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Richard G Greenland

Planting barley (Hordeum vulgare L.) as a living mulch with onions (Allium cepa L.) reduces soil erosion and protects the onions from wind damage. It can also reduce yield and size of onion bulbs if not managed correctly. In a 4-year study at the Oakes Irrigation Research Site in North Dakota, barley was planted in the spring at the same time that onions were direct-seeded. Barley rows were planted either parallel with or perpendicular to the onion rows. Barley was killed with fluazifop-P herbicide when ≈13, 18, 23, or 30 cm tall. Onion size and yields were reduced when barley was allowed to grow taller than 18 cm before killing it. Total onion yield was usually greater when barley was planted parallel with, rather than perpendicular to, onion rows. Chemical name used: (R)-2-[4-[[5-(trifluoromethyl)-2-pyridinyl]oxy]phenoxy]propanoic acid (fluazifop-P).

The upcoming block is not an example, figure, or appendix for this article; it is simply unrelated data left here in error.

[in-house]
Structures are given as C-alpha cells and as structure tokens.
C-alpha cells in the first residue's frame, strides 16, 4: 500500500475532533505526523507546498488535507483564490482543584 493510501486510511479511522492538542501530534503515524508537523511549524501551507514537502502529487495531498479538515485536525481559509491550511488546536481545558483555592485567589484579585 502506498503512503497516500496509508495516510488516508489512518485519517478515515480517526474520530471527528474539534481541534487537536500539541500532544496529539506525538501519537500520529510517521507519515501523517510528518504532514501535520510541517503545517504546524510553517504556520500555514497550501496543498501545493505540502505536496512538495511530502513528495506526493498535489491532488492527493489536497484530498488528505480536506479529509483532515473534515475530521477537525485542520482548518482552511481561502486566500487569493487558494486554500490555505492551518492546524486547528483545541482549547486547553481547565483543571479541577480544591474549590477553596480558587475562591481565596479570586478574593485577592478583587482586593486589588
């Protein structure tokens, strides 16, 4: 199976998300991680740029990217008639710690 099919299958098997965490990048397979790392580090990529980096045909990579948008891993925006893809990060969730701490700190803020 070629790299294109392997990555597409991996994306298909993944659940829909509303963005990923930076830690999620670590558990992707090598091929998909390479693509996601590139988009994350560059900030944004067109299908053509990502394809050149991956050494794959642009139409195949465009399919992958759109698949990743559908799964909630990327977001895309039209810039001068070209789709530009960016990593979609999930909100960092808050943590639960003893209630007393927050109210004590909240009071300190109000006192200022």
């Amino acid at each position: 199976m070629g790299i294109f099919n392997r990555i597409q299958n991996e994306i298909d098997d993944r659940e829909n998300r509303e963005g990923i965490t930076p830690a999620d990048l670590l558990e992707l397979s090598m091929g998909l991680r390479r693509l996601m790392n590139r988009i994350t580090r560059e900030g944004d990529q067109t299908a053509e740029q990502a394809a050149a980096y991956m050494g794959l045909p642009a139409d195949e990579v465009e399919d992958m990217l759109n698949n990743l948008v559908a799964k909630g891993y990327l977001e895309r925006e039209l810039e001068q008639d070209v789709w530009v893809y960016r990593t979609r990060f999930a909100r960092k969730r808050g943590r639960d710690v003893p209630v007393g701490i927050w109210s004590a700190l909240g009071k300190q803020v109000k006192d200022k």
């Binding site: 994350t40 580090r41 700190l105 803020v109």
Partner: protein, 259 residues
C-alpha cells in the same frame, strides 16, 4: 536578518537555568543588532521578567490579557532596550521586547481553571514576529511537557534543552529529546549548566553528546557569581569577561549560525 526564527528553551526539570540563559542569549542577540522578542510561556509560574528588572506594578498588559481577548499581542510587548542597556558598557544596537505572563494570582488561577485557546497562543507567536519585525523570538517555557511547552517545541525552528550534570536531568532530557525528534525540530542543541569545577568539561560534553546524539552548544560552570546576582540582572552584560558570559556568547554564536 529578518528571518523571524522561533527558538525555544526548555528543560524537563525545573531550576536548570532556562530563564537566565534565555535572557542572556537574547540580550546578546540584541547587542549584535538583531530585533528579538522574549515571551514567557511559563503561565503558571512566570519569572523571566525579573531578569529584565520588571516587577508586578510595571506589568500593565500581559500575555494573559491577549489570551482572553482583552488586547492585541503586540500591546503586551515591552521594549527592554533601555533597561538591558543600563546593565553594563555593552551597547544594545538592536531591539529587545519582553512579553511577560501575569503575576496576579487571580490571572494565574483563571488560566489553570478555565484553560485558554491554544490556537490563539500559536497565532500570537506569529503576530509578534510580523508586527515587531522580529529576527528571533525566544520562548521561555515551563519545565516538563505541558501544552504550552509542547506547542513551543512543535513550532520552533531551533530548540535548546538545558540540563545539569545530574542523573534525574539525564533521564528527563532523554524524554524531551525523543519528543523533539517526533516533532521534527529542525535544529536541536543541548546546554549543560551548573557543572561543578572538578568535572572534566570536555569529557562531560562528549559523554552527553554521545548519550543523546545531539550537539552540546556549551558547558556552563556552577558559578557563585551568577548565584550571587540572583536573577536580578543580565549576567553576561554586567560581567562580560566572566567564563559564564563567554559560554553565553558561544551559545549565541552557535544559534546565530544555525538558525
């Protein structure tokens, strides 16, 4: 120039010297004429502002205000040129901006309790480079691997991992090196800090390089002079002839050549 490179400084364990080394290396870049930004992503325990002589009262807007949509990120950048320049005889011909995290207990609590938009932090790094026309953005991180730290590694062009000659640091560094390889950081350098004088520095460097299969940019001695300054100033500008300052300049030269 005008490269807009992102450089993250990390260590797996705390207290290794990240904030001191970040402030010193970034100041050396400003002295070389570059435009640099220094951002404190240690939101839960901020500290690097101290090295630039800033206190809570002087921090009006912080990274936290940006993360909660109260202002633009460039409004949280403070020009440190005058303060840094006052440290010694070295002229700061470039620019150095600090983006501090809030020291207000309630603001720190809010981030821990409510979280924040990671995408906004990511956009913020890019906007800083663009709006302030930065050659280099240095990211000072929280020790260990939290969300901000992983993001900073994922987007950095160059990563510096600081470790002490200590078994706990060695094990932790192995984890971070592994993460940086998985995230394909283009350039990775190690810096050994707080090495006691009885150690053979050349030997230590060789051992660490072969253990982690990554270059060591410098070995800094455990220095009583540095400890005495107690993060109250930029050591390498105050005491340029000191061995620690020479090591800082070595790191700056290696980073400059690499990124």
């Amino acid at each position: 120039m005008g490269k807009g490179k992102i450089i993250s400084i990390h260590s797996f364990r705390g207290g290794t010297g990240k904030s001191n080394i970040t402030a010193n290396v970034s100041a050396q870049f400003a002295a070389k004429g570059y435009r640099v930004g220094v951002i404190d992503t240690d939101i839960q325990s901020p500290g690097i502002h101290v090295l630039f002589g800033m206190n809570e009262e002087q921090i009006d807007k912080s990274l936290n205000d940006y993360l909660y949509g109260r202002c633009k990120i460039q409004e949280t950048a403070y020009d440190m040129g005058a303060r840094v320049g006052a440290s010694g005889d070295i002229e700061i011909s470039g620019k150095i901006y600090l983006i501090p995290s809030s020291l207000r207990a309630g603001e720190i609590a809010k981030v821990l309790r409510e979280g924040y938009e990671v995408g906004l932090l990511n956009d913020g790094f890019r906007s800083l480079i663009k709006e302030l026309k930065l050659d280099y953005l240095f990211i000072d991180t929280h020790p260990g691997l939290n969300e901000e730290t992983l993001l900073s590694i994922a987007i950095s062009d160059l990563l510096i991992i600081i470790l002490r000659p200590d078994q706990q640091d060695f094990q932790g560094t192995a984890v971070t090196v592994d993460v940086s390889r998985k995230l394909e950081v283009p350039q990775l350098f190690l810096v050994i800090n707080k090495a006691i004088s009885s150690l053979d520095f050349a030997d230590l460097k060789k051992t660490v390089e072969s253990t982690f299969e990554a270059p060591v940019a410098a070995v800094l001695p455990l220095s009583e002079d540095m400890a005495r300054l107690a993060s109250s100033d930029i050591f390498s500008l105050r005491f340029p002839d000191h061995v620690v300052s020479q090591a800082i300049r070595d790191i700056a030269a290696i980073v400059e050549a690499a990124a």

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Thomas E. Marler and John H. Lawrence

compression stress. Trees with diseased roots or stems are generally more susceptible than healthy trees to wind damage ( Landis and Evans, 1974 ; Putz et al., 1983 ; Shaw and Taes, 1977 ; Whitney et al., 2002 ). Tissue defects compromise mechanical

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Ockert P.J. Stander, Jade North, Jan M. Van Niekerk, Tertia Van Wyk, Claire Love, and Martin J. Gilbert

evaluations were performed at the time of commercial harvest in July 2018 for the same fruit that were used for fruit quality evaluations. Fruit were examined for sunburn damage, light or severe wind damage, and any evidence of pest damage or chemical burn

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James McConnell